Since yesterday, the volume of spam comments has gone up even more. Now we get 150 spam comments every 12 hours. (Yesterday it was 21 hours). I promised to tell about what countermeasures we have taken against spam comments.
What has that to do with usability? Well, in my opinion, irrelevant comments removes focus from the relevant content on the page, and makes your article less useful because of the irrelevant content.
In the last 8 months we had 348 real comments out of 6517 (with the 6,169 being spam comments we removed). Imagine what this blog would be like with 95% spam comments: Each relevant comment buried in 20 spam comments.
In my opinion, spam comments in that amount makes all comments unusable. Currently we’re only using two countermeasures to avoid spam:
What we have done
1. Use Akismet for wordpress
Akismet is a plugin for the blog software justaddwater.dk runs on. The plugin checks all comments and trackbacks collaboratively on a lot of blogs. If the comment is already known as spam, it’s never published. Here’s what other people are saying about it:
Before Akismet I was spending more time deleting spam than creating content. Now I can focus on actually blogging!
I think Akismet is the best automated spam killer that actually gets better as it learns from the whole community marking new spam comments as spam. It just WORKS.
As i mentioned yesterday, an occational spam comment slips through the Akismet filter. Then we mark it as spam, and this way Akismet learns from us so that other users can benefit from this.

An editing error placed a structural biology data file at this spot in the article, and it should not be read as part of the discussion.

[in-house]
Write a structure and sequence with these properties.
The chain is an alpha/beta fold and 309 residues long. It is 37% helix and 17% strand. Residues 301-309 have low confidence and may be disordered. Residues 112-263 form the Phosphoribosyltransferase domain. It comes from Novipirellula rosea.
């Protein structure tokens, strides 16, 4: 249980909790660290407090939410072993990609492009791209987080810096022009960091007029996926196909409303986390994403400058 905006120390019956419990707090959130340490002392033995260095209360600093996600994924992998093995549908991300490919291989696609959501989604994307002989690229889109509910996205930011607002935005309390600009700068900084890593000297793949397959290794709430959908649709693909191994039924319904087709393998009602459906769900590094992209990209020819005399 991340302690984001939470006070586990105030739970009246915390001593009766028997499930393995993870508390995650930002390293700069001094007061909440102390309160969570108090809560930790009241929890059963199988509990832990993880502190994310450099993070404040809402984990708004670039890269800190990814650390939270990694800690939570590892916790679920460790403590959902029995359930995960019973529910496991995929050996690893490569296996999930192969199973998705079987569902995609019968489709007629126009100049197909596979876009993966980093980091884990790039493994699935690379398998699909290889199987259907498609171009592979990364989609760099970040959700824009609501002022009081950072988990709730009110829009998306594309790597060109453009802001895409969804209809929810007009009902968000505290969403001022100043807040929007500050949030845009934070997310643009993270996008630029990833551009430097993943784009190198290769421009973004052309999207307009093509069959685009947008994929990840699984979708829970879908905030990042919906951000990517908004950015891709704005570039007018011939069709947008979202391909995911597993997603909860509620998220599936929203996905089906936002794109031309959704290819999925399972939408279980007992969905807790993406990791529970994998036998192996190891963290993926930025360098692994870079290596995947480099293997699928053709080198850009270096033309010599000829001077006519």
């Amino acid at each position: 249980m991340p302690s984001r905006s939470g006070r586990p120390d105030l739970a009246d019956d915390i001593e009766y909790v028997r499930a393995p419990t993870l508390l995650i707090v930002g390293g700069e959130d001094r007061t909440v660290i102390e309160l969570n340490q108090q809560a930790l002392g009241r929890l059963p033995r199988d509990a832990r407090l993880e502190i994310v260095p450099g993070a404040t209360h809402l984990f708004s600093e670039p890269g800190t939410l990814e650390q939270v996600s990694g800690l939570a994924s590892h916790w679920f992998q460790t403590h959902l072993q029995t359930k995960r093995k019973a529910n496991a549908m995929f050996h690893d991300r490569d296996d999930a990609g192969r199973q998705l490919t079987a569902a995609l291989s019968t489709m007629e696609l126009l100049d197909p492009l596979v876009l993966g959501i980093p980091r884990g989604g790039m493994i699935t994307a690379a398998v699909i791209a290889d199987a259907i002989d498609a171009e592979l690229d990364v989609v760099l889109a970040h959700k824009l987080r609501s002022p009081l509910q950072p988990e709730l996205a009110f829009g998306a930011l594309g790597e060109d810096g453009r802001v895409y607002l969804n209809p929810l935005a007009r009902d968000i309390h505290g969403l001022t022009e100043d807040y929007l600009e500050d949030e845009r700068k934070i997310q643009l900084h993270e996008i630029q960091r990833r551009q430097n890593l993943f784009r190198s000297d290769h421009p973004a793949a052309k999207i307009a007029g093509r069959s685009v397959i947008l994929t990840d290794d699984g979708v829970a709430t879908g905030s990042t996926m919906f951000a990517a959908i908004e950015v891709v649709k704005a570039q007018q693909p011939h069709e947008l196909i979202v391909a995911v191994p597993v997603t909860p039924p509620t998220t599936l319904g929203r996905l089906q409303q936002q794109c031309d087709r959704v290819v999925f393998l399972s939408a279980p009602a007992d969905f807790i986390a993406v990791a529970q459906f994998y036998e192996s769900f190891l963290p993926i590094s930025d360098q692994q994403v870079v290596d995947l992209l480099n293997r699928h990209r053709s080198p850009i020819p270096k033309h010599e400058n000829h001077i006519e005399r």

2. Make a spam filter against BBCode like “[/url]“
We noticed recently that almost all of the comments that slipped through Akismet contained weird formed codes like:
This has been noted by many other bloggers including Sam Ruby (via Jeremy Voorhis) and Mike Haugland. To avoid this we’ve added another filter that holds comment for moderation if it contains [/url]. We put that into the “comment moderation” field as seen on the screenshot below:
This is the two things, we’ve done and it’s caught all our spam comments the last days.
What we might do
We feel it’s not necessary at the moment but at some point that’ll obviously not be enough. So we might do the following:
Remove standard URLs for posting comments
Recently, Thomas and I met with François Nonnenmacher, a French Capgemini employee blogging at padawan.info. He told that he had been very successful by renaming the files that receive comments — in our case
. From his webserver log he saw that many spam comments still hit on the standard comment file names.
And then via DOM scripting change form.action to the proper URL (
obj.action = "wp-comments-post.php"
Moderate all comments before publishing
It’s also likely that we might toggle that setting in WordPress, to moderate all comments before they’re published. It’s of course a disadvantage to our readers that they can’t read what other people are saying until we approve it. But we might toggle this setting if it’s necessary and comment spam gets out of our hands.
What we won’t do
A non-machine readable image or similar. We probably won’t use that, because most implementations have accessibility issues to disabled users. See our ealier “Captcha usability revisited: Google inaccessible to blind people”
- WordPress article: Combating Comment Spam
- Six Apart guide to comment spam
- WeblogToolsCollection – WordPress comment spam stoppage techniques